The penny cyclopędia [ed. by G. Long].

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Page 203 - ... sufferings that scarcely permitted human fortitude to let in a new visitor of affliction. The object of my present reply is to state the case just as it is. First, that for...
Page 64 - Some were swimming' about at the full extent of their strings, or lying half in and half out of the water, others were rolling themselves in the sun on the sandy bank, uttering a shrill whistling noise as if in play. I was told that most of the fishermen in this neighbourhood kept one or more of these animals, who were almost as tame as dogs, and of great use in fishing, sometimes driving the shoals into the nets, sometimes bringing out the larger fish with their teeth.
Page 271 - That the power of publishing such of its reports, votes, and proceedings as it shall deem necessary or conducive to the public interests is an essential incident to the constitutional functions of parliament, more especially of this house as the representative portion of it.
Page 81 - It often measures nine feet in length from the tip of the nose to the end of the tail, and when full grown, weighs two hundred pounds.
Page 51 - But the Committee has not been able to obtain any one poem the same in title and tenor with the poems published by him.
Page 234 - The theory of Euclid being thus improved as far as it is capable of being done by a mere difference of statement, it remains to ask, 1, Whether assumption can be dispensed with altogether, and a direct proof of Euclid's axiom, or something equivalent to it, given? 2, If the preceding be answered in the negative, can any more simple assumption he made the foundation of the theory?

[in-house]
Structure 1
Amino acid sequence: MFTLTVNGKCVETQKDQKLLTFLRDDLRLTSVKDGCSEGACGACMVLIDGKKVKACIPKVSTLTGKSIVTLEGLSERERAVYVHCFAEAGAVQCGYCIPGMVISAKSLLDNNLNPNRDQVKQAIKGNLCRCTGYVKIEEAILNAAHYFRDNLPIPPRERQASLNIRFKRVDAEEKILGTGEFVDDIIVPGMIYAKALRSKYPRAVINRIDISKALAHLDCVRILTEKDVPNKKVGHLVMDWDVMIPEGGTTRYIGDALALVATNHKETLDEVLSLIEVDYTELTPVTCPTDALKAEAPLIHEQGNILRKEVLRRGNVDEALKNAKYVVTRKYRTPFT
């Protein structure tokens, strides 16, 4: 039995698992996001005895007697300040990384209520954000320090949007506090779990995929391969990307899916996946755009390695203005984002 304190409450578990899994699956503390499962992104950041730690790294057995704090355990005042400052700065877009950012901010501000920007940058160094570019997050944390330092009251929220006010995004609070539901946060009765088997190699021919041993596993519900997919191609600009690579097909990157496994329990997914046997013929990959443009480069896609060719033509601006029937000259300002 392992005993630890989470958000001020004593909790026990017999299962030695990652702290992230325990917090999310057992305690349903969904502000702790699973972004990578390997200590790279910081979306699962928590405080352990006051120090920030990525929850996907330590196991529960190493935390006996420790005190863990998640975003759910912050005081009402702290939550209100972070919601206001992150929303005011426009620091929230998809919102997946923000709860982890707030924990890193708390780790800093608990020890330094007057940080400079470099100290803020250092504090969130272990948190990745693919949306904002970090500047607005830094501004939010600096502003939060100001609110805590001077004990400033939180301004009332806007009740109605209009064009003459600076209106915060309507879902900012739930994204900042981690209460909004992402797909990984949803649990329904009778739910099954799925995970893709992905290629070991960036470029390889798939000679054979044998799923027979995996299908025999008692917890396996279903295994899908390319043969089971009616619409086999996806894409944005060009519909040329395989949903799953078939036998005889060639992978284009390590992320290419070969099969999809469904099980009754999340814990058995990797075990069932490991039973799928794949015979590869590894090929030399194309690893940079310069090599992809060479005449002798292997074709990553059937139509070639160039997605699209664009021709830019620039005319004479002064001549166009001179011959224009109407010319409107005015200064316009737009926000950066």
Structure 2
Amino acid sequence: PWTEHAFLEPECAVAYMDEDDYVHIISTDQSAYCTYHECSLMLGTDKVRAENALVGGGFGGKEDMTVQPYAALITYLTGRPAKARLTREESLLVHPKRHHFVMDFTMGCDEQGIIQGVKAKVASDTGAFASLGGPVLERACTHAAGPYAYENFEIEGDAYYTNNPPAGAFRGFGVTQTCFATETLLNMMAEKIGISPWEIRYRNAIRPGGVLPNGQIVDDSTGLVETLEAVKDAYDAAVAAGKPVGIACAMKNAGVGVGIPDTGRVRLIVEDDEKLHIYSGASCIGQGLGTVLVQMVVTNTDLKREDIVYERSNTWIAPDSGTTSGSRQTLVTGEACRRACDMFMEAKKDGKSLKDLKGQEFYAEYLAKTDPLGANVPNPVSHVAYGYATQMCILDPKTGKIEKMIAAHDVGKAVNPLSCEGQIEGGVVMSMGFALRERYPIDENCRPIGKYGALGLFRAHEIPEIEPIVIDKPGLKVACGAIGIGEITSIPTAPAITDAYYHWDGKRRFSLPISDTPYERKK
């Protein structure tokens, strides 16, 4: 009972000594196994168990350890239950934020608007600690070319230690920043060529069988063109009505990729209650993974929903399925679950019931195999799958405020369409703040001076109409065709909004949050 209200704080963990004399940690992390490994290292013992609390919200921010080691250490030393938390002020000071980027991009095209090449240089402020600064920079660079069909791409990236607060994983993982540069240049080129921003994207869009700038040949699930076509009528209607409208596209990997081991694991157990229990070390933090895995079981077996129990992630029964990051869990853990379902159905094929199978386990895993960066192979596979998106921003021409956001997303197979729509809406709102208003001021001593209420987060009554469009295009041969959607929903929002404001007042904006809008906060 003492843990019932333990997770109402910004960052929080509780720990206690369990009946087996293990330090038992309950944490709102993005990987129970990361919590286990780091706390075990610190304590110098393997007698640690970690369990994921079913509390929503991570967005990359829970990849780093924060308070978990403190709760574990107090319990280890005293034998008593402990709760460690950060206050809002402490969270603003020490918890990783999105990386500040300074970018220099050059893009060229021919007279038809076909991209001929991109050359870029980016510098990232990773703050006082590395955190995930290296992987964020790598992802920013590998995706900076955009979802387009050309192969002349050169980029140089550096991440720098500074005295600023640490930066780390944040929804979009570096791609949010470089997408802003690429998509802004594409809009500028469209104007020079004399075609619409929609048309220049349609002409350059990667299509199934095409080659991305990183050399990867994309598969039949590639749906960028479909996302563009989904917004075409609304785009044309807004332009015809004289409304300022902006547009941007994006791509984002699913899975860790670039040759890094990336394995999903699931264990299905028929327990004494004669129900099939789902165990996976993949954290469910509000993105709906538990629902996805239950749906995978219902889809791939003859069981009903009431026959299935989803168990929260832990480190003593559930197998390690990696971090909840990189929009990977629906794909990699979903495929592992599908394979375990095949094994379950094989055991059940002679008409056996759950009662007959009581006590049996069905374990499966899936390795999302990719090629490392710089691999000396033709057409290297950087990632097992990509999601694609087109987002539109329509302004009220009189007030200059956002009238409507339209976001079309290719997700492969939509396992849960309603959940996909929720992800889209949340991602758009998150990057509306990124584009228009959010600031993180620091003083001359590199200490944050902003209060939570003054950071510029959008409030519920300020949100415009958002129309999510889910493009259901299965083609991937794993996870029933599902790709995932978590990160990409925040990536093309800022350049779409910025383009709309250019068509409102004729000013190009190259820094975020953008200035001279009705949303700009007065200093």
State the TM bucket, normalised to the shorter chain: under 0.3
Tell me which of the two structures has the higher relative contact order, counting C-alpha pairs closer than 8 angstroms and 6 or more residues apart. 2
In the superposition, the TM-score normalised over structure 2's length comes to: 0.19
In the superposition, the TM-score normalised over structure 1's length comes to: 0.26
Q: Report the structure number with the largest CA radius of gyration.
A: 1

Page 204 - I unhappily met with an account of a cure performed in a similar case (or what to me appeared so) by rubbing in of Laudanum, at the same time taking a given dose internally. It acted like a charm, like a miracle ! I recovered the use of my Limbs, of my appetite, of my Spirits — and this continued for near a fortnight — At length, the unusual stimulus subsided — the complaint returned — the supposed remedy was recurred to — but I can not go thro...
Page 183 - Roxburgh states that it is the tender white leaves of the flowers, chiefly those of the male, which yield the very delightful fragrance for which this plant is so celebrated. This species is common in the peninsula of India, where it is called Caldera Bush...
Page 8 - Every argument,' he observes, ' consists of two parts, that which is proved, and that by means of which it is proved ;' and he adds in a note, that this is the strict technical sense of the word argument, but that in popular use argument is often employed to denote the latter of these two parts alone. But this is a mistake : the popular use is the correct use, as it is in many other cases. When a man is said to use a good argument, he urges or suggests something which is either proved or universally...
Page 140 - Gypsy life must have been in England during the latter part of the seventeenth, and the whole of the eighteenth century, which were likewise the happy days for Englishmen in general ; there was peace and plenty in the land, a contented population, and everything went well.

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